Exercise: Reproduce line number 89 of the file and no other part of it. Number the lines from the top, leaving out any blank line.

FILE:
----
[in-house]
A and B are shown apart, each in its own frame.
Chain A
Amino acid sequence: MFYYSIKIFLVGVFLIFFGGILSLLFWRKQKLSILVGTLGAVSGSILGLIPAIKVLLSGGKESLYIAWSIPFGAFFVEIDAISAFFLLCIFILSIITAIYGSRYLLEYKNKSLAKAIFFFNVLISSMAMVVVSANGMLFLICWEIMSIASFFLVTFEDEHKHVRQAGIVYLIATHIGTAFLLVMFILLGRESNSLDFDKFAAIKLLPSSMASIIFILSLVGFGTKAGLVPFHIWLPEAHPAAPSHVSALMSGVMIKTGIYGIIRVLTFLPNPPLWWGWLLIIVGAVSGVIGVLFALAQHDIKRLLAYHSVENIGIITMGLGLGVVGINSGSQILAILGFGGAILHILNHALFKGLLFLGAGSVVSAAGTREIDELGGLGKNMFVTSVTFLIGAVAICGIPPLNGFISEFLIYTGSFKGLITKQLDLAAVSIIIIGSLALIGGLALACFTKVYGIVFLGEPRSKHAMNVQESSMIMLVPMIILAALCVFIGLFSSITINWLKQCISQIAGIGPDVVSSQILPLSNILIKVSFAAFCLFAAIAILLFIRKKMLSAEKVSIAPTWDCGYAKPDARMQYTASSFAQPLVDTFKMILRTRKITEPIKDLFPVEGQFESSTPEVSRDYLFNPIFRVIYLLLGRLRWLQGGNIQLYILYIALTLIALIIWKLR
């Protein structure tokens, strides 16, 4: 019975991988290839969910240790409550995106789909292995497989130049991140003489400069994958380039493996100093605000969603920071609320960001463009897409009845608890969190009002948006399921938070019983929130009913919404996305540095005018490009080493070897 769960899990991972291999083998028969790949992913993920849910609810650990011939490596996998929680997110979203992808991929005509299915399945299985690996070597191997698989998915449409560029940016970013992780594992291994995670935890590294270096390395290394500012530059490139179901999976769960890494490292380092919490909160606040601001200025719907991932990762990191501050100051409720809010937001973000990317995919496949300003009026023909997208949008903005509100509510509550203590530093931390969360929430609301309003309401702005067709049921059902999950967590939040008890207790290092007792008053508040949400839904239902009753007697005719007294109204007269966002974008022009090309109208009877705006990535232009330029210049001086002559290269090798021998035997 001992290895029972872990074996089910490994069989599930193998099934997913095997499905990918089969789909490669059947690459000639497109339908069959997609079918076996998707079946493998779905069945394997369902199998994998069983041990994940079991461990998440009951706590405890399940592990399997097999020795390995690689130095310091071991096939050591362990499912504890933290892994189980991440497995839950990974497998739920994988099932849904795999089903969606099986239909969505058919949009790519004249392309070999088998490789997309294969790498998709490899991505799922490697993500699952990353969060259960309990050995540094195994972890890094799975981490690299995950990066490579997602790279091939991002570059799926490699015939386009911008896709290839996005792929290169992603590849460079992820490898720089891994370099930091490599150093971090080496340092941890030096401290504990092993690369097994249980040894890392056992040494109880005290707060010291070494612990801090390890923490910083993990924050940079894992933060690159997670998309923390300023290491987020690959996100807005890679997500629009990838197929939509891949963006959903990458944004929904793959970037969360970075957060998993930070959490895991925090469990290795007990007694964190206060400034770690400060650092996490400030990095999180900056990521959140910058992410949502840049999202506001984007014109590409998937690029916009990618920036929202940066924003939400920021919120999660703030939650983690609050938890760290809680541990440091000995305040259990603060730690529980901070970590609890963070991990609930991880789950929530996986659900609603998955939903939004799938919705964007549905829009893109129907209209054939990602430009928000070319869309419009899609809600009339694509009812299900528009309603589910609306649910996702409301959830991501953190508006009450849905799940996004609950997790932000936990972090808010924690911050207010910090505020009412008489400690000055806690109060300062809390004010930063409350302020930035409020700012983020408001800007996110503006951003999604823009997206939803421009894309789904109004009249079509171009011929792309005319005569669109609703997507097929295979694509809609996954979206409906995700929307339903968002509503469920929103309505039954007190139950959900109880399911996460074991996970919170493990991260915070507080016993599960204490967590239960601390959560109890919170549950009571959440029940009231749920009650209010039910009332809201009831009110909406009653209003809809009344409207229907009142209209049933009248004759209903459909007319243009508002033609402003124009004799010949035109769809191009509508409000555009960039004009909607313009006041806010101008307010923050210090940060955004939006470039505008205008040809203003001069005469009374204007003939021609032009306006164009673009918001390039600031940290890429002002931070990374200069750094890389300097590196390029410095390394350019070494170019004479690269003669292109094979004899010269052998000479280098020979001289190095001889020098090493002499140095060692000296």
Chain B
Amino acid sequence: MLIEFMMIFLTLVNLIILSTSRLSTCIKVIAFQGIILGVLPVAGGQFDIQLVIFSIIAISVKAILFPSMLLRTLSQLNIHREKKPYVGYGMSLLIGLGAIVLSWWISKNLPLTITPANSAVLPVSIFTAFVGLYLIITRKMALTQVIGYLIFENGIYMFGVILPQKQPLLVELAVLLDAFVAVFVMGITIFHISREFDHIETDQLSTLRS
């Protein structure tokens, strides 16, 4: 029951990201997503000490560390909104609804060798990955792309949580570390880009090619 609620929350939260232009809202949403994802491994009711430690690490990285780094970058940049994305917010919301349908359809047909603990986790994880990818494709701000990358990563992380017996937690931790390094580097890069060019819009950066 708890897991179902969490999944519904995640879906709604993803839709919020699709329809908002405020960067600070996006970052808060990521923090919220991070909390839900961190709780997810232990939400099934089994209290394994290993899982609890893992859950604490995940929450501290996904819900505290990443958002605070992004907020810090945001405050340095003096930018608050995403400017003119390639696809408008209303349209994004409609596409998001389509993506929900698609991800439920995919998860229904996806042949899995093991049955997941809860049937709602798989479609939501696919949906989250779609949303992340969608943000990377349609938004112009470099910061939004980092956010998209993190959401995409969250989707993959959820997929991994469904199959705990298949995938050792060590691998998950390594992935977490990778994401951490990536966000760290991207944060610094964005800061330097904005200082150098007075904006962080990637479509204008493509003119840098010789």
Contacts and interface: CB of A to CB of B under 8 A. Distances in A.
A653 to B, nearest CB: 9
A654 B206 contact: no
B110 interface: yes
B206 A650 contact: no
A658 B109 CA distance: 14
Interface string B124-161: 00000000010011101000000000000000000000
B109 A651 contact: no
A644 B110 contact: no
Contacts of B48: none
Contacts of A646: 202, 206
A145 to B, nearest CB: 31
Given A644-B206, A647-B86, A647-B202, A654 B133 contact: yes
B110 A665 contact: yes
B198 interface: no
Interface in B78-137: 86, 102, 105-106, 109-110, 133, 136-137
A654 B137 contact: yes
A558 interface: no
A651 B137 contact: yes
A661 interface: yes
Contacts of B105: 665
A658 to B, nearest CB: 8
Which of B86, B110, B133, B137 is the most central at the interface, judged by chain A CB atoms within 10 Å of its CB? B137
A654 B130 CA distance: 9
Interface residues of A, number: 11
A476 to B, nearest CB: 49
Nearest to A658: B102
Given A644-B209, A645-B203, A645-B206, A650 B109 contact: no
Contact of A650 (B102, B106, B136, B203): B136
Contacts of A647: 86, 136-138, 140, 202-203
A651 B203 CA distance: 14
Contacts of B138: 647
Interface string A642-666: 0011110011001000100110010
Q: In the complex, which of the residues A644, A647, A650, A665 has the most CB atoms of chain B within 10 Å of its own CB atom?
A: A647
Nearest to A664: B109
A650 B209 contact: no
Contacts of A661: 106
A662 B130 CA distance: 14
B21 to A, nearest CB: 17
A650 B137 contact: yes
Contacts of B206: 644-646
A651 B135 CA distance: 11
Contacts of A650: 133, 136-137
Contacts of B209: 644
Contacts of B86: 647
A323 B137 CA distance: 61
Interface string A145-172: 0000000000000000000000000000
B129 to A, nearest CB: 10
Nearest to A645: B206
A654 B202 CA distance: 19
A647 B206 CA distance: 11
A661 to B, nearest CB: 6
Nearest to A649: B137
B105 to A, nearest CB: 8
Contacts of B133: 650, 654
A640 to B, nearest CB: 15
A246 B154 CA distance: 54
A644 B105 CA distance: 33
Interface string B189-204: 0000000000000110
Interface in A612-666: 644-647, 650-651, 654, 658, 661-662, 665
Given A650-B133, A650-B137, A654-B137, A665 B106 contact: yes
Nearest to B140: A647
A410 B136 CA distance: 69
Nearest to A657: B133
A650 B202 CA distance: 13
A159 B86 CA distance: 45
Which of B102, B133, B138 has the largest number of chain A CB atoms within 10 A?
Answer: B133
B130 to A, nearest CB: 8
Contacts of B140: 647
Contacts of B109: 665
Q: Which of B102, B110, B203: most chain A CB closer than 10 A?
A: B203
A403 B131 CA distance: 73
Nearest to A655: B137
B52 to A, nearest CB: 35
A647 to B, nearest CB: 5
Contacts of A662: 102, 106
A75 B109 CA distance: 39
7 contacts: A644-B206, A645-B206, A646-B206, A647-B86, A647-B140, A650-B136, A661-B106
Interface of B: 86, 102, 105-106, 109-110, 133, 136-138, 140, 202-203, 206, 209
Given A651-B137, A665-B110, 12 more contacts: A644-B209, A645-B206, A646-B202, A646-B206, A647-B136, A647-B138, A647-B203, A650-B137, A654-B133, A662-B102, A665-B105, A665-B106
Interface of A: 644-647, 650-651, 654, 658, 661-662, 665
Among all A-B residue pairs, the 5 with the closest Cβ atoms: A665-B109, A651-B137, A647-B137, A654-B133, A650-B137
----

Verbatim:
7 contacts: A644-B206, A645-B206, A646-B206, A647-B86, A647-B140, A650-B136, A661-B106